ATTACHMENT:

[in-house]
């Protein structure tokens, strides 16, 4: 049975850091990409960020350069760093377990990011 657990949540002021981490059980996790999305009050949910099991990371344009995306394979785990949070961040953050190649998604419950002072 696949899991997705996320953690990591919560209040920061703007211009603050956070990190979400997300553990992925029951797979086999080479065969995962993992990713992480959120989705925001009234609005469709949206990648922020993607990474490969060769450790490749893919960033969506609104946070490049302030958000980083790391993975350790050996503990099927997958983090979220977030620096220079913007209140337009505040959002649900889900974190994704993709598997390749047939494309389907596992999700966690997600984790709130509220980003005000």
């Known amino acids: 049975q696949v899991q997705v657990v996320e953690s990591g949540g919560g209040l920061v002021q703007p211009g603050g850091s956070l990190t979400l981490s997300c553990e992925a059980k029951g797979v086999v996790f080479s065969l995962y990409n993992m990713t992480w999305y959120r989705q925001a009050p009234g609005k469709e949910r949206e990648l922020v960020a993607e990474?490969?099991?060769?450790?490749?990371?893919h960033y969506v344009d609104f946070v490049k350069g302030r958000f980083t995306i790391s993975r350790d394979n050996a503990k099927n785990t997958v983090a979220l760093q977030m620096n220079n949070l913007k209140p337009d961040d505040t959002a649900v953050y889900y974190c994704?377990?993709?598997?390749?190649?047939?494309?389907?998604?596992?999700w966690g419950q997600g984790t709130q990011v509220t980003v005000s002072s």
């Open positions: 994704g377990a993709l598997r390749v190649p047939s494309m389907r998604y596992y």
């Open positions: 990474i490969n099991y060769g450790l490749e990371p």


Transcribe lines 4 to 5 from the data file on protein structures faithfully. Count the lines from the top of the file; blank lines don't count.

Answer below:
């Open positions: 994704g377990a993709l598997r390749v190649p047939s494309m389907r998604y596992y």
């Open positions: 990474i490969n099991y060769g450790l490749e990371p």